11 found
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Andrew Askland [13]A. Askland [3]
  1.  33
    Science and Socially Responsible Freedom.Andrew Askland - 2009 - Science and Engineering Ethics 15 (3):343-349.
  2.  10
    A Malleable Balance of Market Practices and Fairness Constraints.A. Askland - 2000 - Journal of Business Ethics 28 (4):285 - 296.
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  3.  32
    A Wonderland of Disposable Facts.Andrew Askland - 2009 - Studies in Ethics, Law, and Technology 3 (1).
    Living in an economically developed country means being blessed and burdened with unprecedented access to information. We struggle to absorb and evaluate a cacophonic flow of information and are largely overwhelmed. Because that flow is unlikely to ebb, we are challenged to devise strategies to differentiate and manage the information. Yet we do not have the reliably stable world views that guided our ancestors and have not forged successor views that provide reliable criteria by which to evaluate the information thrust (...)
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  4.  22
    Conflicting Accounts of Equal Opportunity.Andrew Askland - 1996 - International Journal of Applied Philosophy 10 (2):35-44.
  5.  30
    Climate Change: Making Us Brothers and Sisters.Andrew Askland - 2014 - Journal of Global Ethics 10 (3):292-296.
    The constraint for prevailing ethical orientations is the unavoidable concern each person has for her own welfare. Climate change can transform the fundamental structure of these ethical orientations because it compels the recognition that the behaviors of those at the far reaches of my concentric circle model have real and potentially disastrous effects upon me. The tangible prospect of climate change will inspire the recognition of our common destiny.
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  6.  9
    Charles Taylor Against the Negative Sense of Freedom: An Unjustified Collapse and a Persisting External Authority.Andrew Askland - 1993 - Auslegung 19 (2):123-132.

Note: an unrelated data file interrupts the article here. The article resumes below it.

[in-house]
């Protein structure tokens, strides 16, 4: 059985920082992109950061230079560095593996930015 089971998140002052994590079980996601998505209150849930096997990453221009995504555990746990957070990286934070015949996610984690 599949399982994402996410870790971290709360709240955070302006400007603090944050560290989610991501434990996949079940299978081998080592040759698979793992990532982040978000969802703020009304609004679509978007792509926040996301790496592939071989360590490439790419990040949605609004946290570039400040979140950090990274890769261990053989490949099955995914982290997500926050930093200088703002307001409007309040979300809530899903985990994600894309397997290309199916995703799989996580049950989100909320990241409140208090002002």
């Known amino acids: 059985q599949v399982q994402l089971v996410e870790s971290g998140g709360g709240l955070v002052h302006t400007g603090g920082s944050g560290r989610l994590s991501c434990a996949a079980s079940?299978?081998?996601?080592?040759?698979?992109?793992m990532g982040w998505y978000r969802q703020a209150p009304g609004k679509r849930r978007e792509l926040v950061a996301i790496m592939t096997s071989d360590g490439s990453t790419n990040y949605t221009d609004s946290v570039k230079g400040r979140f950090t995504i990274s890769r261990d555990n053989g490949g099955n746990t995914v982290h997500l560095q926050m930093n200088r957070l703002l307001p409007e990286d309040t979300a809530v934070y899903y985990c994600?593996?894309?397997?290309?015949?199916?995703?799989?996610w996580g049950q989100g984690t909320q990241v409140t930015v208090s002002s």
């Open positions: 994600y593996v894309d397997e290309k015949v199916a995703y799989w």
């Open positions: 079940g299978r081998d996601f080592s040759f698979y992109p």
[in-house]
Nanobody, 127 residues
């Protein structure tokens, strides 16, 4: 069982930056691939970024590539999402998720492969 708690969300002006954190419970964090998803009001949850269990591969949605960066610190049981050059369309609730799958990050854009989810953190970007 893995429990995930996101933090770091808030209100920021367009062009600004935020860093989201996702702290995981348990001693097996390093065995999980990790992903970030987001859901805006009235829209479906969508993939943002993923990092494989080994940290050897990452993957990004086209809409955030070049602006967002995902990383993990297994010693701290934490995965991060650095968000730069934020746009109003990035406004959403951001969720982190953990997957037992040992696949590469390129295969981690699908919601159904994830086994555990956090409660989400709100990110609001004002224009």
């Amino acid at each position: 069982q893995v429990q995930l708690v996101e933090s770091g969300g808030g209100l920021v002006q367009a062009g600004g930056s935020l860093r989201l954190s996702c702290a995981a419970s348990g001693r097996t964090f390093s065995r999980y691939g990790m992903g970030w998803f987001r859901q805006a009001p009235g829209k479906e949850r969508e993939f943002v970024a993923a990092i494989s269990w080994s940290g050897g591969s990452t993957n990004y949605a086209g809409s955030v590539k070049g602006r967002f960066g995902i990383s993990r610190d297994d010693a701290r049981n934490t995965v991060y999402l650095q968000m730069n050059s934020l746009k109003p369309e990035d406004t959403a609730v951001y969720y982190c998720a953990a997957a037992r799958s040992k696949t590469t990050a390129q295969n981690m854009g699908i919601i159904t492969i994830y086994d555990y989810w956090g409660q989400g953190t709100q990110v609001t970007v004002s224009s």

7. Fostering Market Competence.A. Askland - 1997 - Journal of Thought 32:87-98.
     
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  8.  22
    Floating Maximally Many Boats: A Preference for the Broad Distribution of Market Benefits. [REVIEW]A. Askland - 2002 - Journal of Business Ethics 40 (1):91 - 99.
    Market economics can overreach and reduce all human activities to market-governed activities. More than a market-inspired explanation for human activities, it offers a normative account of how all goods and services should be distributed by private parties negotiating mutually agreeable terms. This paper argues that market values and practices are constrained by other fundamental values and practices. Liberal values are generally consistent with, though they are not reducible to, market values. Democratic and egalitarian values often contrast with market values. The (...)
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  9.  46
    Patenting Genes.Andrew Askland - 2003 - International Journal of Applied Philosophy 17 (2):267-275.
    Patents have been issued in the United States for genes and gene sequences since 1980. Patent protection has provided incentives to aggressively probe the genome of humans and non-humans alike in search of profitable applications. Yet it is not clear that patent protection should have been afforded to genes and gene sequences and it is increasingly clear that patent protection, as currently formulated, is not an appropriate means to realize the full benefits of genetic research. As we stand on the (...)
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  10.  30
    The Sen of Inequality.Andrew Askland - 1998 - Journal of Philosophical Research 23:399-415.
    This paper summarizes and critiques Amartya Sen’s use of functionings and capabilities to evaluate inequality and poverty. He judges that “things” and “means” to acquire things are inadequate measurements of poverty. His approach keys upon the functionings that can be performed by the poor and the capability sets that are available to them from which they can choose. Sen’s strategy proposes to enlarge these sets and provide improved functionings within them. Although this approach is preferable to a bare income or (...)
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  11.  8
    The Tardy Berry Picker: A Criticism of the Market Metaphor for Civil Society.Andrew Askland - 1994 - Public Affairs Quarterly 8 (4):317-329.